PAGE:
On July 5, 2015, the U.S. Citizenship and Immigration Service (USCIS) issued a policy memo declaring that the “lawful status” requirements of the immigrant regulations for religious workers would no longer be considered when adjudicating the I-360 immigrant petition. In addition, USCIS will amend Title 8 CFR Sec. 204.5(m)(4) and (11) and remove the lawful status requirements from the immigrant regulations for religious workers. Prior to this change, to be eligible for permanent residence a religious worker needed to demonstrate that he/she had at least two years of experience (as a religious worker) and if that experience was gained in the U.S., the religious worker must have shown that he/she maintained lawful status (and work authorization) during that time. With this announcement, the lawful status requirement is eliminated and USCIS will not deny religious worker I-360 petitions on this basis.
Articles by CLINIC
This category includes articles written by CLINIC staff.
The USCIS published a proposed rule in the Federal register on July 22, 2015 that would expand the current provisional waiver program in two significant ways. The agency is allowing the public 60 days to comment on the proposed regulatory change. The provisional waiver program is currently open only to immediate relatives who, upon leaving the United States to consular process, will trigger the three- or ten-year bar for unlawful presence.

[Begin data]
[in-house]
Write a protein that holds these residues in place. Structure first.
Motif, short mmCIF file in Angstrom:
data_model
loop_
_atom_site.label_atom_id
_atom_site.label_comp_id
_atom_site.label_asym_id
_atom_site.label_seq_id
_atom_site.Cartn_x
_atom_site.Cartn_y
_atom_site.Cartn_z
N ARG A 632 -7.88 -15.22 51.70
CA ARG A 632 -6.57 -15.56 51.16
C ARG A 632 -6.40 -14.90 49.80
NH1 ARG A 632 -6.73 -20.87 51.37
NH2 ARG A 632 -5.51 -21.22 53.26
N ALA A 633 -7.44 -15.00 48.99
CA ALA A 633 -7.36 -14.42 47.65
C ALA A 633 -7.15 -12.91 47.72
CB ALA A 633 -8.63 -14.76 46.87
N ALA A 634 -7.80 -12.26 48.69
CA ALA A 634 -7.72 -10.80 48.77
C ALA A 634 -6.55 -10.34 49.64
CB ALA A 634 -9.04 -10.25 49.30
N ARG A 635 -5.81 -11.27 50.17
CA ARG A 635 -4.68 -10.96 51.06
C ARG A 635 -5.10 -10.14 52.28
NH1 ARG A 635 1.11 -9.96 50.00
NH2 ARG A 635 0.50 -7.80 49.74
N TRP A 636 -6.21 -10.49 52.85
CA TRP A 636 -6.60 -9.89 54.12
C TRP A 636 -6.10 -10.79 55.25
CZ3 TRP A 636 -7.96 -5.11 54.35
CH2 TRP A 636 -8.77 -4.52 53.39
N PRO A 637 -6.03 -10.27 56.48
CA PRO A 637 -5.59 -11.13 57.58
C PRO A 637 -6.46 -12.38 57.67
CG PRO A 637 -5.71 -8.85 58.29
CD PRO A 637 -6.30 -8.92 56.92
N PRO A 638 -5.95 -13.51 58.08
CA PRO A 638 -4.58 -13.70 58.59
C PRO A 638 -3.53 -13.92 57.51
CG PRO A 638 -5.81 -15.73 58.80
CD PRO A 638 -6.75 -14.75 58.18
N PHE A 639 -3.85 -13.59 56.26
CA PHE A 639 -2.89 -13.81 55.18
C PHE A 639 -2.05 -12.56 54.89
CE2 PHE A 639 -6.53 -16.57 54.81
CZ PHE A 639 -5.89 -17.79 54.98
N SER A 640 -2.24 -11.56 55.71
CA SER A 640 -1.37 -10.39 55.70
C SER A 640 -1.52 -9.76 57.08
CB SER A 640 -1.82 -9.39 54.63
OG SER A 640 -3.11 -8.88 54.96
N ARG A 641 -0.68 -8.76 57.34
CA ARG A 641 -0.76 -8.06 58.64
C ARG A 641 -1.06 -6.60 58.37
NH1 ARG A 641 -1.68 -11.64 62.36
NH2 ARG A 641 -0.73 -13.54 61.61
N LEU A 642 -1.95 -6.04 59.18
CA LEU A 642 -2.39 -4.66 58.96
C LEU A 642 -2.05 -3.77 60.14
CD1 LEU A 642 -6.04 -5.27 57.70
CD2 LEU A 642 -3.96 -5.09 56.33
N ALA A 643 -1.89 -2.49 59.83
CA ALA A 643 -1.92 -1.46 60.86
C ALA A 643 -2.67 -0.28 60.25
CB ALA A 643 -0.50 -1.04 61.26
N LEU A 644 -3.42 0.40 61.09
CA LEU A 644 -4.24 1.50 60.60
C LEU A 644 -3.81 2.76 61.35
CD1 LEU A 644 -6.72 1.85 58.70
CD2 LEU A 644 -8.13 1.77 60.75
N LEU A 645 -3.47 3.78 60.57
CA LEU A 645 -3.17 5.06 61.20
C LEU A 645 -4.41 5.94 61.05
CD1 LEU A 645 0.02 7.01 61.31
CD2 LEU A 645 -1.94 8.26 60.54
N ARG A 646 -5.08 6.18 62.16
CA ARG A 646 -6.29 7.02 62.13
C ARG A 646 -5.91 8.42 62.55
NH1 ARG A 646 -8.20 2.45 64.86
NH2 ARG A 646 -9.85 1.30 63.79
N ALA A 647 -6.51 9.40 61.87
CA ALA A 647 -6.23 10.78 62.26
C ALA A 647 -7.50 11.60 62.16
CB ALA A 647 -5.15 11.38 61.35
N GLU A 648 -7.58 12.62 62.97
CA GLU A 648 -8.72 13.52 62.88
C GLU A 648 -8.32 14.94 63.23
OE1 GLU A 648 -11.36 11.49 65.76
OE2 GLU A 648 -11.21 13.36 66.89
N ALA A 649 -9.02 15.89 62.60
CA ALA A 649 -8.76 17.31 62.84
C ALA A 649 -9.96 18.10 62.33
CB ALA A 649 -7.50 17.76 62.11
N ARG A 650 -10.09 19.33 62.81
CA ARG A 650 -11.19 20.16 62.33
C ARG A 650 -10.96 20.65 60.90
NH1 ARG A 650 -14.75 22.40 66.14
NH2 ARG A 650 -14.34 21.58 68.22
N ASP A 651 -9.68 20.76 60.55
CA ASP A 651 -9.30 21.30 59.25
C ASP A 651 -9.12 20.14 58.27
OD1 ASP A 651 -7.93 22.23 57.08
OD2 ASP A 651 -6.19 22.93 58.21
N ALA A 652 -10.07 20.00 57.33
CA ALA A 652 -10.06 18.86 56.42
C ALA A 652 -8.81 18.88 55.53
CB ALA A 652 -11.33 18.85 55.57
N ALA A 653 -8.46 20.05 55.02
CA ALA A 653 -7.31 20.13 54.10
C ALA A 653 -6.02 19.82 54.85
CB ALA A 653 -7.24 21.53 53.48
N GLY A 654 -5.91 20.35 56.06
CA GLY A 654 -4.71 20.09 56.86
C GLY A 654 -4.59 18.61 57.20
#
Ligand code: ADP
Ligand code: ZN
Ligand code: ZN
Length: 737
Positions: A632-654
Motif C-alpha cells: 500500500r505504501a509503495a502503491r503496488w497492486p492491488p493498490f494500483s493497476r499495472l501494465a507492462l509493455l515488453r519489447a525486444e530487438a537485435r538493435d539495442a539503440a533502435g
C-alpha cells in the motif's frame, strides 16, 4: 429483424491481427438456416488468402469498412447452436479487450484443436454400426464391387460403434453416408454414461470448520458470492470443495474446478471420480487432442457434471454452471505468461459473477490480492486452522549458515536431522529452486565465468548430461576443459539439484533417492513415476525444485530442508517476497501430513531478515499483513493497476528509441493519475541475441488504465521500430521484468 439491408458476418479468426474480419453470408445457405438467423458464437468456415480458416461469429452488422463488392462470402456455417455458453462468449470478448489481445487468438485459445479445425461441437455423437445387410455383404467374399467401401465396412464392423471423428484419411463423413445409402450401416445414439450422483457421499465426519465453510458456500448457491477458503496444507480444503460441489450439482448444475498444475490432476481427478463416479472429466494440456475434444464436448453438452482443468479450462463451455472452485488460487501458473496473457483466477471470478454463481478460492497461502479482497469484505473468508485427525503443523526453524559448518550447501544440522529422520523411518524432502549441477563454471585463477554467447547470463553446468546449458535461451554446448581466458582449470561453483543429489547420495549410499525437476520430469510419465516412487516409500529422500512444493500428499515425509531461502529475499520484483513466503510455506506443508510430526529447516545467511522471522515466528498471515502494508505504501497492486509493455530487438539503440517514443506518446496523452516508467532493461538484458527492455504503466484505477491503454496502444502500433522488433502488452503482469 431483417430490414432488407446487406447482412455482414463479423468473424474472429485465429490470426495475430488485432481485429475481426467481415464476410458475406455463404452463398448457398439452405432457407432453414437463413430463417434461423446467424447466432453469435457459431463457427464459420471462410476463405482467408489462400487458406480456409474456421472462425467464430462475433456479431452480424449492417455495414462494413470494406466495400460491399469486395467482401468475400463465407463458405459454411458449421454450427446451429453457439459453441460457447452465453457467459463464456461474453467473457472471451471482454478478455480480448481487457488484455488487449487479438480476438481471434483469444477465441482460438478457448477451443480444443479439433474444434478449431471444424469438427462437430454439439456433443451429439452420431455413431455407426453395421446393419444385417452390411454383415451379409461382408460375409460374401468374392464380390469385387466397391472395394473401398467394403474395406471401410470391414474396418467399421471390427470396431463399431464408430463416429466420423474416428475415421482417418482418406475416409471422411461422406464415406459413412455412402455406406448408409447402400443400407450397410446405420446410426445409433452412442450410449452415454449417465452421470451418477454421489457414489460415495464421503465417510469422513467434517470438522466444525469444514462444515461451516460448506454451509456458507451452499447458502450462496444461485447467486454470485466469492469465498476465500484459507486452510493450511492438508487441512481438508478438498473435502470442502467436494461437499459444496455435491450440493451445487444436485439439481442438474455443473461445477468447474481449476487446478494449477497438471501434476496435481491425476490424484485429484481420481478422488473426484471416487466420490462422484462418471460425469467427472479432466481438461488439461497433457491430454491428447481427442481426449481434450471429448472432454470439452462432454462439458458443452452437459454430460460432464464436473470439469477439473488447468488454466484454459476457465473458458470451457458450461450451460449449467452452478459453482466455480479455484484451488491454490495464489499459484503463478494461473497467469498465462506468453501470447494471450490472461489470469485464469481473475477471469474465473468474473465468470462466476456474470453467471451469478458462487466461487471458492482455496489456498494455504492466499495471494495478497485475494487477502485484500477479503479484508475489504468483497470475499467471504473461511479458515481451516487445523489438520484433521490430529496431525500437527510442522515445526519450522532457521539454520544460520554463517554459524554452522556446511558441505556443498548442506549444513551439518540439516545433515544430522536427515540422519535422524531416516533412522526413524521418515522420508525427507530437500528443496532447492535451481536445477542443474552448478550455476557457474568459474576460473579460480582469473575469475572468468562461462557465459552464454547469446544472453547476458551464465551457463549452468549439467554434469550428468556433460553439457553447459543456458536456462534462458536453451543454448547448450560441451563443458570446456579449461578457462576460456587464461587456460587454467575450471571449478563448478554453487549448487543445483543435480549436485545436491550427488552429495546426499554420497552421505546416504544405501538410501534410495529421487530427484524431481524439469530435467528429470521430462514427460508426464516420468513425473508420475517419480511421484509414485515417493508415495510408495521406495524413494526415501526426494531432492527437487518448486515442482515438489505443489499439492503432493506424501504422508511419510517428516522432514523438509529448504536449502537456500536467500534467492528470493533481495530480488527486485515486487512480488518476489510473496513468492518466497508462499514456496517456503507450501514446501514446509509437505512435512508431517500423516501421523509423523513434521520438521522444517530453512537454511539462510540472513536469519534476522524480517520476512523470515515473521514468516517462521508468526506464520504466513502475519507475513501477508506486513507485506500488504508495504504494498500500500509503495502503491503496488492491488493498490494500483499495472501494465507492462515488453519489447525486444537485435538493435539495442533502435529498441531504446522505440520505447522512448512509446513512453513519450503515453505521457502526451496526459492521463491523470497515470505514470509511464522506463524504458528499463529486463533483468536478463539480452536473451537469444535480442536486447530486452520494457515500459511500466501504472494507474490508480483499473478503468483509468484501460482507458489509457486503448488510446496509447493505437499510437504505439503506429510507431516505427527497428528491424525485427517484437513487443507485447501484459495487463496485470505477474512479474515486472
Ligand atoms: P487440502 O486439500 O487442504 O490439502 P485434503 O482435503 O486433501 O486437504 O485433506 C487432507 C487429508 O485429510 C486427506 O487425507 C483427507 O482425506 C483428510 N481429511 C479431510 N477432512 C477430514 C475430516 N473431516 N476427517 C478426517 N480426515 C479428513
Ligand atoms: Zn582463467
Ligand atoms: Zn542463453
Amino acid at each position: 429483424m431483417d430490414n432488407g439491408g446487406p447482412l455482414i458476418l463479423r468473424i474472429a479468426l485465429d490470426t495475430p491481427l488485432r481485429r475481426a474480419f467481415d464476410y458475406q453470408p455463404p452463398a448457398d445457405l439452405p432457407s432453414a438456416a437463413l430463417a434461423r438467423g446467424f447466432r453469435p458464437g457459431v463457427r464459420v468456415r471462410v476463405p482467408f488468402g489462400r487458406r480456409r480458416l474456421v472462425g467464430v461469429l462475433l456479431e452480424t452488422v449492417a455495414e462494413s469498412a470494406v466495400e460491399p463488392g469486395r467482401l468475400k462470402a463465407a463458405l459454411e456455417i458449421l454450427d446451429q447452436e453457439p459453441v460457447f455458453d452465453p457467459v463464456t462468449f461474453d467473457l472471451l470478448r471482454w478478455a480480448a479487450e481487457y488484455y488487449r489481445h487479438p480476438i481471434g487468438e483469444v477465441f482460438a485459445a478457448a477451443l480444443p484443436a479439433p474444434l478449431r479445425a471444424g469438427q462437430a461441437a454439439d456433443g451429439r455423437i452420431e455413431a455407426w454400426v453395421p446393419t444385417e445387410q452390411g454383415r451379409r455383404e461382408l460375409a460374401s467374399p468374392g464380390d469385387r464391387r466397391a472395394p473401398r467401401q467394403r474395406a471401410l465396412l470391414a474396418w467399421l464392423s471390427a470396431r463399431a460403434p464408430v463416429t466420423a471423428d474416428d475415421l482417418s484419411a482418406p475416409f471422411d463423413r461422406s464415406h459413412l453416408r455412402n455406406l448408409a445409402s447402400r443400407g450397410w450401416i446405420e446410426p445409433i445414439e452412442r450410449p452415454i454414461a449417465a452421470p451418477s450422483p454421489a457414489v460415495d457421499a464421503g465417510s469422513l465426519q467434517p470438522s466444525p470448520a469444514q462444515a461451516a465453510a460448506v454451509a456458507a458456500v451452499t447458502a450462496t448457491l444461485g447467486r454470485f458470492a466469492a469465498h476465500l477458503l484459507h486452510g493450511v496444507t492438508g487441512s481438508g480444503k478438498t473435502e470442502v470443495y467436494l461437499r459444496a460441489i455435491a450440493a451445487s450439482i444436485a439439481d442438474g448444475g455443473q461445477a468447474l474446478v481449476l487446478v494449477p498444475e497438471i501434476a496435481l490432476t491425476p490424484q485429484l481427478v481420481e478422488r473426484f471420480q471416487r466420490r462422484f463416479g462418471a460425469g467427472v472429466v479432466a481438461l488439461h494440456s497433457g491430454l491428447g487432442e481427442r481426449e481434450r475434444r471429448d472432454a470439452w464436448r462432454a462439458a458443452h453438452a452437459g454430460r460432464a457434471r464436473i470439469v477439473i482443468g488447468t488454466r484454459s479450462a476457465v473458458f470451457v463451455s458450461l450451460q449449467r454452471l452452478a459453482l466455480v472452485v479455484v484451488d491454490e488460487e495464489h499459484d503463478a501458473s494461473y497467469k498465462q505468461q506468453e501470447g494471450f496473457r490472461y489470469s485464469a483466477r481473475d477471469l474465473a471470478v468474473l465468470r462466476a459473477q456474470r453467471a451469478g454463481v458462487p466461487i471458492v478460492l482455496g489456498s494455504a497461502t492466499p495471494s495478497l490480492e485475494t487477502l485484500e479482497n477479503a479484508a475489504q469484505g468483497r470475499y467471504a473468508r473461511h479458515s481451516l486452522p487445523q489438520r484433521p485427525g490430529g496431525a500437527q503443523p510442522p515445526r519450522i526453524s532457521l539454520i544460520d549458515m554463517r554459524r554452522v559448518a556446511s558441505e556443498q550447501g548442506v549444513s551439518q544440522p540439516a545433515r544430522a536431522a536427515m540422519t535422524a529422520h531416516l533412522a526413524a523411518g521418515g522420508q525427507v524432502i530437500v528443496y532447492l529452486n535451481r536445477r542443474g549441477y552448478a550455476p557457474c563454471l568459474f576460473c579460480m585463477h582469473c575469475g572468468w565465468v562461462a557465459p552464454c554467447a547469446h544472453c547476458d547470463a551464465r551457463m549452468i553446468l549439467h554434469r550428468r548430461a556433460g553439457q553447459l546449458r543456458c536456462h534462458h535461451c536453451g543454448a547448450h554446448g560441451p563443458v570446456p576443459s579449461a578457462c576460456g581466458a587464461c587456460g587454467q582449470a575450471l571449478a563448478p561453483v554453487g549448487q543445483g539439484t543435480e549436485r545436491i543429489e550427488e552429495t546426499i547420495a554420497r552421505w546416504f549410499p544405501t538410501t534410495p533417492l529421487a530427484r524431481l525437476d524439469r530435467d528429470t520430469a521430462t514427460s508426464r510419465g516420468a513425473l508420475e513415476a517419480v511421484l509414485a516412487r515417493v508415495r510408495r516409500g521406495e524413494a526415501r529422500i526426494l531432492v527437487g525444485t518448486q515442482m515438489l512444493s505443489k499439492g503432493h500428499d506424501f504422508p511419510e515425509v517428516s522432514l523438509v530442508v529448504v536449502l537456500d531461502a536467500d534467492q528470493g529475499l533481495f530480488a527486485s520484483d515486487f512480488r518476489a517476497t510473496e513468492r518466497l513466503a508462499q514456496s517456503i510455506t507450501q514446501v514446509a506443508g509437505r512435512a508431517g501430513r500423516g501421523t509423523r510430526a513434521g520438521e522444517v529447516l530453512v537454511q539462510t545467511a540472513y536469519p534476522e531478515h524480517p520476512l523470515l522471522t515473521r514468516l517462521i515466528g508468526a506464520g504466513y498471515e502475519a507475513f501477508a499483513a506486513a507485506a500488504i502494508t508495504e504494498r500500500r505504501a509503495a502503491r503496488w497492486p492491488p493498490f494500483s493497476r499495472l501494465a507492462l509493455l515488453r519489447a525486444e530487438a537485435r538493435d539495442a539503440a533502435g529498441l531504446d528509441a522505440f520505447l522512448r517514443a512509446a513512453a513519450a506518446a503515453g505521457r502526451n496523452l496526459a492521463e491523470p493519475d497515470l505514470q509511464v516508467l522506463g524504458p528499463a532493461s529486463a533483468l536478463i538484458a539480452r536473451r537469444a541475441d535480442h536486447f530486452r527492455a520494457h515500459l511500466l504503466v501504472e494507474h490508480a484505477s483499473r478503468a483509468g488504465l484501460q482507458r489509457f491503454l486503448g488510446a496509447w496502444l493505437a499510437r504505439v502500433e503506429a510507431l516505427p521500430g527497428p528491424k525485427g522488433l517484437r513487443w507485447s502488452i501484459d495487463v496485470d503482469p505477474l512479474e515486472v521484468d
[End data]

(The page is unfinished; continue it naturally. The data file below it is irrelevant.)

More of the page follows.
By Michelle N. Mendez
By Bradley Jenkins
By Laura Burdick
By Jen Riddle and Jill Bussey
This month marks the 3-year anniversary of the Deferred Action for Childhood Arrivals (DACA) program. Since DACA launched in 2012, over 664,000 individuals have been granted temporary reprieve from deportation and a work permit. All 50 states now permit DACA recipients to apply for driver’s licenses, following policy reversals in Nebraska and Arizona due to legislative action (in NE) and litigation (in AZ).
On Tuesday, May 26, the Fifth Circuit Court of Appeals denied the government’s request for an emergency stay of the injunction issued by a Brownsville judge in February. That injunction stopped implementation of the expanded DACA and the DAPA programs that were already set to begin. The district court found that the plaintiffs – 26 states – had standing to bring the lawsuit and it found that the government had violated the Administrative Procedures Act (APA) in failing to publish regulations before implementing the programs.
CENTER FOR IMMIGRANT INTEGRATION
By Louise Maria Puck, Intern
CLINIC’s new Center for Immigrant Integration seeks to encourage and facilitate the development of immigrant integration initiatives throughout its network through the creation of resources and trainings and through the dissemination of best practices currently present in CLINIC affiliate agencies.